Name: Debi M.
Date: 2001 - 2002
How and why does the least nonpolar substance dissolve
first in a nonpolar solution?
There is an old chemical mantra: "Likes dissolves Likes" but that does not
tell you much about why. The answer is complex because the solution process
is a complex process, but here is a simplified view:
For a solid to dissolve in a solvent, the atoms/molecules must be separated
from the solid. This process requires an input of energy of some sort. An
analogy is the boiling of a liquid, where there must be sufficient thermal
energy (high enough temperature) so that some of the molecules have enough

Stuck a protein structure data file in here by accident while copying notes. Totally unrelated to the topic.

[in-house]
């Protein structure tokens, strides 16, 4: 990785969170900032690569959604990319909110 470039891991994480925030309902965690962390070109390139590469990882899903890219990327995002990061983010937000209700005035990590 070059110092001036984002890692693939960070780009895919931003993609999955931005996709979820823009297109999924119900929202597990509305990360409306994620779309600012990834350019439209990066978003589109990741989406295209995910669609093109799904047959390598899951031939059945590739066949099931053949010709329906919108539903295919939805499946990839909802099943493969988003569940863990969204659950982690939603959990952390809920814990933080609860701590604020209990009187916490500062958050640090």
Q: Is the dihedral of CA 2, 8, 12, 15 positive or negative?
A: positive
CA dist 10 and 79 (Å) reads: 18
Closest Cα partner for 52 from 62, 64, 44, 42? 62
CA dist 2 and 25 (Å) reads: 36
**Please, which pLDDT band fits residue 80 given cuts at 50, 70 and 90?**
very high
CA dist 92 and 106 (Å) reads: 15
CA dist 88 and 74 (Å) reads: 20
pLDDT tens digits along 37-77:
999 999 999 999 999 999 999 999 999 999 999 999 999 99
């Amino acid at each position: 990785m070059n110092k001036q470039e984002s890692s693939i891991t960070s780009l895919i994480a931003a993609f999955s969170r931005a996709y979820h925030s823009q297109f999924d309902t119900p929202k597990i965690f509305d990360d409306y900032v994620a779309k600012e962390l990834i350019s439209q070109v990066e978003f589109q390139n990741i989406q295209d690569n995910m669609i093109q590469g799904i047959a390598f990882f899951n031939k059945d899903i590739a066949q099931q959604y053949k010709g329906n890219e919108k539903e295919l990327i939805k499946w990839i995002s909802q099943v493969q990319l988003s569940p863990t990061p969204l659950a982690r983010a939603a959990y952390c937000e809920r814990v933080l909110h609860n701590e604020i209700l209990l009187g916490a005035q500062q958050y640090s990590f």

energy to escape the liquid.
In the case of solution of a solid by a solvent, the solvation of the
atoms/molecules by the solvent must be sufficiently strong to overcome the
forces holding the solid together and also to keep the atoms/molecules in
Nonpolar solvents, where only van der Waals force operate (approximately),
these forces are not strong enough to overcome the polar and/or ionic forces
that hold those types of solid solutes together. Non-polar solid solutes,
e.g. paraffin, are held together by van der Waals forces (approximately), so
the solvent has a competitive chance to dissolve such solutes.
This is very simplified, because there is no detailed theory that can
predict solubility reliably. As I said above, the process of the dissolution
of solids is a complex business.
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Update: June 2012